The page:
Dana Wynter was a beautiful and very elegant leading lady of Hollywood films of the 1950s and 60s. She starred in numerous television productions and a wide range of pictures such as comedies, dramas, sci-fi, action and war films. Most often she portrayed refined ladies for whom leading men would strive to win her love in the course of the picture, and it was in these roles that she really excelled for no other actress had the quiet sophistication that she possessed naturally. Class...that's what she had. No matter what role she was given that innate gracefulness of demeanor showed through.
I remember the first movie I saw with her was "Sink the Bismarck". I watched it with my sister in parts as a history lesson during homeschool. The battle scenes and the historical aspects of the film I didn't pay attention to at all, but what I did notice was the subplot - a gentle blossoming of love between Kenneth More ( a widowed naval captain ) and Ms. Wynter, his secretary/officer in the midst of the tactical mayhem taking place within London's operational underground headquarters. She has little dialogue in the movie but it does not matter because, like Kenneth More's character, you feel reassured by her understanding presence.
Probably her most famous movie of all is “Invasion of the Body Snatchers”. Once again she’s a welcome presence. Here she plays Dr. Bennell’s beautiful high school sweetheart Becky. When the townspeople and his two best friends all become transformed into pod people, it is only he and Becky who are left and must flee from the dreadful alien invaders. Chillingly good film.
In 1961 she starred opposite Danny Kaye in the comedy “On the Double”. He played a hypochondriac G.I who, due to his resemblance to an important British general, gets chosen to be a decoy [target] in the event of an attempt on the general’s life. Hmmm….lucky Danny. Not the patriotic task he hoped to fulfill – but he did get one lucky break though…..the general’s wife was a real beauty…..Dana Wynter of course! And naturally he falls in love with her along the way. Darlin’ Meggie becomes her theme song in this song and by golly, every time I hear that melody I still associate it with her.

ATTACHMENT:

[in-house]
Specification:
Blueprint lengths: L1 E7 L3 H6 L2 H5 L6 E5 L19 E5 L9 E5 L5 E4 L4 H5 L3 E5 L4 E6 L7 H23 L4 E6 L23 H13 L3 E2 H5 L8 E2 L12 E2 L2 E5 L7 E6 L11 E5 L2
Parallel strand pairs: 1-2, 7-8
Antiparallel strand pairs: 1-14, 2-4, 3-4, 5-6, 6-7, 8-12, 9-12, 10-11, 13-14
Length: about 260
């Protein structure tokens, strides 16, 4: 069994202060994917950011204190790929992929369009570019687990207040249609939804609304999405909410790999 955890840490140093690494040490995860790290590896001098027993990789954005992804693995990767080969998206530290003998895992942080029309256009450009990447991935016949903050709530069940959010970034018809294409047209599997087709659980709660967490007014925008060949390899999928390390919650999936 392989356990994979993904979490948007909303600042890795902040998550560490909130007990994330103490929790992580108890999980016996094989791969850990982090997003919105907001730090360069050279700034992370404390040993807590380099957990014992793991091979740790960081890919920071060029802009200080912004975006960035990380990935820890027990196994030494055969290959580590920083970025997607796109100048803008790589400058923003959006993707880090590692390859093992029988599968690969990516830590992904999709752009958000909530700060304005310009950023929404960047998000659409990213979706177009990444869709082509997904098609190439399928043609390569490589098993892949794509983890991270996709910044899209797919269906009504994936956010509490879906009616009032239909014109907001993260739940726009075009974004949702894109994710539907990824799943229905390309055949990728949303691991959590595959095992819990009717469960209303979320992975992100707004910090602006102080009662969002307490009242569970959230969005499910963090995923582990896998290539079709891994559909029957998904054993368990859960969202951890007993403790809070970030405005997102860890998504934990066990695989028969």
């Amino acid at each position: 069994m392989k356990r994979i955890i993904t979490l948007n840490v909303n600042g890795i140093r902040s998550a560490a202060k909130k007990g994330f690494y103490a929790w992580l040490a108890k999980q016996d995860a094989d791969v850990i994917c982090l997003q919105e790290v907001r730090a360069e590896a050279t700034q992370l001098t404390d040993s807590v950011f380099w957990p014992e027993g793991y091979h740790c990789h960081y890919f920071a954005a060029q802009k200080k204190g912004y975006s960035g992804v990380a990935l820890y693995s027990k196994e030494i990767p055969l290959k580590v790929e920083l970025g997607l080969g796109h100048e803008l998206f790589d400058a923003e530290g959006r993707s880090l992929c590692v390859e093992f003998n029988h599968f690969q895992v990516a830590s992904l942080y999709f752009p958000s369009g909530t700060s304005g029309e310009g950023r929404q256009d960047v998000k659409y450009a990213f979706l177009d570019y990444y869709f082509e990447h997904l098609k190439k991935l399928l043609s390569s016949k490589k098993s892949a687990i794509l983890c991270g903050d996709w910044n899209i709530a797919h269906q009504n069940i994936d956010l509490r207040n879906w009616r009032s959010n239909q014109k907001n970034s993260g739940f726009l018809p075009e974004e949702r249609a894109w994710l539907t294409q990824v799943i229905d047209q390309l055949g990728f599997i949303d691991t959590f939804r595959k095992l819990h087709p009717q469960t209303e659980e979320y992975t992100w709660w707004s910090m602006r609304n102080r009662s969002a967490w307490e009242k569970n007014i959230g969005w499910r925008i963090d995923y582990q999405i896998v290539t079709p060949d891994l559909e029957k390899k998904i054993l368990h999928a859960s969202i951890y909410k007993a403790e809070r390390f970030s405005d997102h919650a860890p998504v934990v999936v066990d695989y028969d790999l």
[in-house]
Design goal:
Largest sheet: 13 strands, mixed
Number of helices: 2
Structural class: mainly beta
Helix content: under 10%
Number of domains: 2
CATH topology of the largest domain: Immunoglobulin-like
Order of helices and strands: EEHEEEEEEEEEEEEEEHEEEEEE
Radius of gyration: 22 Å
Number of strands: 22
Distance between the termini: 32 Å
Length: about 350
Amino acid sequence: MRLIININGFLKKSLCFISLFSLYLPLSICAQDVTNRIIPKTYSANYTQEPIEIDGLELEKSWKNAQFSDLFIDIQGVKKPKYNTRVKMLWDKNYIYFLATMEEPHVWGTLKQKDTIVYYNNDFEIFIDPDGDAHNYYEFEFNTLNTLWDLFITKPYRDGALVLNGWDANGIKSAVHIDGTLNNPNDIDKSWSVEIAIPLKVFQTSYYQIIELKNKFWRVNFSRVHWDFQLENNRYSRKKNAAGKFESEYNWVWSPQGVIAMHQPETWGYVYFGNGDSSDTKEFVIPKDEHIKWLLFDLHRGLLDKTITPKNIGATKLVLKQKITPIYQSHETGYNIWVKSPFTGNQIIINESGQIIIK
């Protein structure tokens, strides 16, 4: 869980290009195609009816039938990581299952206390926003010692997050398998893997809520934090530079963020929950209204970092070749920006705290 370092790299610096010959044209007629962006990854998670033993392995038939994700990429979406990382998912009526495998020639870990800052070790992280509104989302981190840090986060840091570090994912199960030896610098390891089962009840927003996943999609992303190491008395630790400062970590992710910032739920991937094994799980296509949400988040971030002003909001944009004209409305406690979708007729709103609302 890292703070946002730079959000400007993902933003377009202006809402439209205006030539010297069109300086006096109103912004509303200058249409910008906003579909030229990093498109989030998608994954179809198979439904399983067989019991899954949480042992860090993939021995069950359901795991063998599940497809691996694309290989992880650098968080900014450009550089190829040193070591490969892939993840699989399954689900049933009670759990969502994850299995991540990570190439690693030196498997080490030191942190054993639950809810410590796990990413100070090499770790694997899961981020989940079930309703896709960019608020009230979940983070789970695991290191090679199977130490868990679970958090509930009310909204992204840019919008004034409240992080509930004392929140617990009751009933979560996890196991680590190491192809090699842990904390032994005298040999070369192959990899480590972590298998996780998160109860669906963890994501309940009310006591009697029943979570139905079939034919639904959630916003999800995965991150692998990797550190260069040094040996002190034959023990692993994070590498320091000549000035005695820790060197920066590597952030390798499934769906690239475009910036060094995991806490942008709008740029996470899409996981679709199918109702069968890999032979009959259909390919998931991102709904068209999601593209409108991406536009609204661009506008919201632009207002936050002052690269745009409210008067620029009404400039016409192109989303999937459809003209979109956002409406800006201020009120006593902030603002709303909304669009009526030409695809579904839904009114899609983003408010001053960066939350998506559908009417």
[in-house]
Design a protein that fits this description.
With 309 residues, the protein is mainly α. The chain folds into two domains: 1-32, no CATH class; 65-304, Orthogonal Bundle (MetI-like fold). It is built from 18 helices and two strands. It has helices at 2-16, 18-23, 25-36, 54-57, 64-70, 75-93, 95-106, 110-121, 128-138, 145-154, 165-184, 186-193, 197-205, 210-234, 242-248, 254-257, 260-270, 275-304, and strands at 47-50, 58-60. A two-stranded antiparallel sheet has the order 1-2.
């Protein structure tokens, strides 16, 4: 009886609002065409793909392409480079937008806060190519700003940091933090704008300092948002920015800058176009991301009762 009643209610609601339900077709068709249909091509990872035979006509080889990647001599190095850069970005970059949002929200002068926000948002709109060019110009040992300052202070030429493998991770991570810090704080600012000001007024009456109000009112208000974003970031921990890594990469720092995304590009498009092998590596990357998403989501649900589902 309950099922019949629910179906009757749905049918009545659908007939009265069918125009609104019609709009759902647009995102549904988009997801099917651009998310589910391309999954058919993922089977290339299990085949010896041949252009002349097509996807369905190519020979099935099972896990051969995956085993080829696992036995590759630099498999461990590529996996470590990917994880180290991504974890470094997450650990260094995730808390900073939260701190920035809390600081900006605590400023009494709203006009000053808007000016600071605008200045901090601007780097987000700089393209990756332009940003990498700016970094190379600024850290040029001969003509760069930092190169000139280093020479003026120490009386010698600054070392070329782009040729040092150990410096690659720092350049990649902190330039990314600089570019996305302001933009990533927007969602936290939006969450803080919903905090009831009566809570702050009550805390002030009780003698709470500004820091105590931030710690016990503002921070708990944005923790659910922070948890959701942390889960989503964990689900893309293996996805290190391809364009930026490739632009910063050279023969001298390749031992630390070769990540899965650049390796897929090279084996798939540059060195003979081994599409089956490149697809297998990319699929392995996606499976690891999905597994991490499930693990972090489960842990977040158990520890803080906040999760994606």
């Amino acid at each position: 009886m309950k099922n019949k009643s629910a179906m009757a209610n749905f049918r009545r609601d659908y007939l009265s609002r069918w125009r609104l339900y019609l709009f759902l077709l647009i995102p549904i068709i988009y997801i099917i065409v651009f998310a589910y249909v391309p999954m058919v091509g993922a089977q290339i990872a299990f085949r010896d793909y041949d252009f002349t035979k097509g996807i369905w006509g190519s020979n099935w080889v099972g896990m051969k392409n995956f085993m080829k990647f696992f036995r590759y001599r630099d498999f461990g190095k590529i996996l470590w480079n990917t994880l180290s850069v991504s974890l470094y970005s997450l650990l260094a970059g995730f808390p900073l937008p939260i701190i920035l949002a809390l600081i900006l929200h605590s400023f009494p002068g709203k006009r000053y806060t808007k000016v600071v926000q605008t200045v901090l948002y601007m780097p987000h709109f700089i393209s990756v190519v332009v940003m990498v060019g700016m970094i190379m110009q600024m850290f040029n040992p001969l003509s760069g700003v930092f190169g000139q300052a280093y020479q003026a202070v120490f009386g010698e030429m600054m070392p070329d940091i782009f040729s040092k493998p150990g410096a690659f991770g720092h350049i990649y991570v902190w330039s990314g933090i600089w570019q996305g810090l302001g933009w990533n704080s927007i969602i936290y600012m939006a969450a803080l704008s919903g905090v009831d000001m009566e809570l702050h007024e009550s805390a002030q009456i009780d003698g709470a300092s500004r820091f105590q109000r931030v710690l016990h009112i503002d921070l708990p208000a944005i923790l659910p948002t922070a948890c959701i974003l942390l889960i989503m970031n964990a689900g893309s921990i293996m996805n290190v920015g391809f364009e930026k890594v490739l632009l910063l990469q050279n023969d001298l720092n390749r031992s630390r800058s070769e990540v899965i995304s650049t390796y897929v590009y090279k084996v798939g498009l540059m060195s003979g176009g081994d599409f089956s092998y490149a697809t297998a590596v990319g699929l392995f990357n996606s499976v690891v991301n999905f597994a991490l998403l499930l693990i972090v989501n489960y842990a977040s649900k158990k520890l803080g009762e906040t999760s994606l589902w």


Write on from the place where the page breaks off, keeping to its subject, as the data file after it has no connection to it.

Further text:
A few years later, in 1963, she starred along with George C. Scott in the superb whodunit “The List of Adrian Messenger”. And it was around this time that she began to really get a foothold in television too. One of her very best tv appearances was in The Unlocked Window, a spine-tingling “Alfred Hitchcock Hour” presentation. As Nurse Stella, caring for a bedridden invalid, she was trapped with another nurse in a secluded Victorian manor during a storm….while a serial killer ( with a fancy for nurses ) is on the prowl in their very area! EEK!
Not only was Dana Wynter a versatile actress but she was a talented journalist as well, writing articles for The Guardian and The Chronicle as well as penning a book entitled “ Other People, Other Places : Memories of Four Continents” about her life in various countries.
Born Dagmar Spencer-Marcus Winter on June 8th, 1931 in Berlin, Germany to a noted British surgeon ( Peter Winter ) and a Hungarian mother, Dana was raised in England and later moved to South Rhodesia with her father and stepmother where at the age of 18 she entered Rhodes University as a pre-med student, intending on following in her father’s footsteps. Alas, she was sidetracked by amateur theatricals during school and so she moved back to England, changed her name and took to the stage. Not long after, she moved to New York and did small tv
appearances on such shows as Studio One, and Robert Montgomery Presents. An American agent soon took her to Hollywood though and she quickly went on to play leading roles in such films as “The View from Pompey’s Head”,” Invasion of the Body Snatchers”,” Shake Hands with the Devil” and “D-day Sixth of June” becoming a well-sought for actress.
During the mid-60s her career as a motion picture began to decline and so she did more and more tv guest appearances. In 1966 she starred opposite Robert Lansing in the short-lived television series “The Man Who Never Was”, and occasionally returned to films, such as making a cameo in “Airport” in 1970 as Burt Lancaster’s socialite wife.
Ms. Dana Wynter suffered from heart disease these last few years and on May 5th, 2011 she passed away at the age of 79. She will be sorely missed by a certain fan of hers ( me ) and I’m sure by many others as well. What a truly beautiful person we have lost.